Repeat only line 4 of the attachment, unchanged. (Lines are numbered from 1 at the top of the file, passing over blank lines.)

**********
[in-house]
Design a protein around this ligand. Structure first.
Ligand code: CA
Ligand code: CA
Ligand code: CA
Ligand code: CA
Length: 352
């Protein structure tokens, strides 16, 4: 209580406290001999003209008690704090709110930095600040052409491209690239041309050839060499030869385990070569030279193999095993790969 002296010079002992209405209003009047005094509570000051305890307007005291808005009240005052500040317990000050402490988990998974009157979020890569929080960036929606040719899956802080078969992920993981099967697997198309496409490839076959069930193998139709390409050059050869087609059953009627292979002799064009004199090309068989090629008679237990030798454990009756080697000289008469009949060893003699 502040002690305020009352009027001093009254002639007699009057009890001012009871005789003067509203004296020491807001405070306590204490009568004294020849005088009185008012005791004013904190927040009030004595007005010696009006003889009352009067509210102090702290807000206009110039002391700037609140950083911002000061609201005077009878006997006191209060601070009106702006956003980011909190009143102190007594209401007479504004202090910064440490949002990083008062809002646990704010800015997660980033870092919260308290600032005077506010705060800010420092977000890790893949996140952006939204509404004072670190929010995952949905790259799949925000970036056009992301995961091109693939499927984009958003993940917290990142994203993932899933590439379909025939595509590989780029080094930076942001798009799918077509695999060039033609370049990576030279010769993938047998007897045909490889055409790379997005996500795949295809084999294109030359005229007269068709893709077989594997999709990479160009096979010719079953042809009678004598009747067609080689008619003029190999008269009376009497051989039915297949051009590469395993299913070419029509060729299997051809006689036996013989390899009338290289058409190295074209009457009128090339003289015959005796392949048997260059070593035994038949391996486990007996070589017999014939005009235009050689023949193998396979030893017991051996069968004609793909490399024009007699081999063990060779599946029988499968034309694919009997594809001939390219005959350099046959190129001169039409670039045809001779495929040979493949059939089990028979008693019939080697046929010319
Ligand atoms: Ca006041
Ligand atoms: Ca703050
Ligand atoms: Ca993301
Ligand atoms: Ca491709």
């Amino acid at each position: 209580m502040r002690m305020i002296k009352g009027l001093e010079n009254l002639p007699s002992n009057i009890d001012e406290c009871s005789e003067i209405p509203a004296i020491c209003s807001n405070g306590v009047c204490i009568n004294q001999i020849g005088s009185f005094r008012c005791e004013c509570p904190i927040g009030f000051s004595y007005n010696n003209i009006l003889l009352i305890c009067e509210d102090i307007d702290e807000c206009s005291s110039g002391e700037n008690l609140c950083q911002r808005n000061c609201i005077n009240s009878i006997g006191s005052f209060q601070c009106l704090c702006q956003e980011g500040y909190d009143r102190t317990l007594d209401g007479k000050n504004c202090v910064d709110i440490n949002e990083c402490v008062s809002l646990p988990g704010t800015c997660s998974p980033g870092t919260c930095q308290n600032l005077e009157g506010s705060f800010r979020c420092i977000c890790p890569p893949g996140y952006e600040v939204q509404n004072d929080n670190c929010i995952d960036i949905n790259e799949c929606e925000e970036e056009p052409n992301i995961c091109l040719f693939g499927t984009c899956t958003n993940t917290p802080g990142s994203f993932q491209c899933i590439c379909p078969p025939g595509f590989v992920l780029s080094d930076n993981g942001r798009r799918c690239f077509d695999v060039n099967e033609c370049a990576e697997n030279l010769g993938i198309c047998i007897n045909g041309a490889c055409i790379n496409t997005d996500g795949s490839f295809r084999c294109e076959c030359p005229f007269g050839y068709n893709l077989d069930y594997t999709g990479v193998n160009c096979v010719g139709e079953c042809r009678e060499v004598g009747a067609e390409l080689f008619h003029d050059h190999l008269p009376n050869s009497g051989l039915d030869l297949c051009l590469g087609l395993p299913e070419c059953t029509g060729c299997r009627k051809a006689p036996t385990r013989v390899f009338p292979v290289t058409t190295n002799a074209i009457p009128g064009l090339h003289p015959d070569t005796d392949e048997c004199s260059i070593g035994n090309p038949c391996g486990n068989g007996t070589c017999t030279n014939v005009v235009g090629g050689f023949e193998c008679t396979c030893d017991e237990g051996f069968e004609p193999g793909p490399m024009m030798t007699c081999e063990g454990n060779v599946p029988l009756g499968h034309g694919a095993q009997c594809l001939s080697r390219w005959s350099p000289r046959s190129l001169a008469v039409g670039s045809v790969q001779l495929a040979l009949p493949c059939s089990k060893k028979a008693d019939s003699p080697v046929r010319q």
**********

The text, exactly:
Ligand code: CA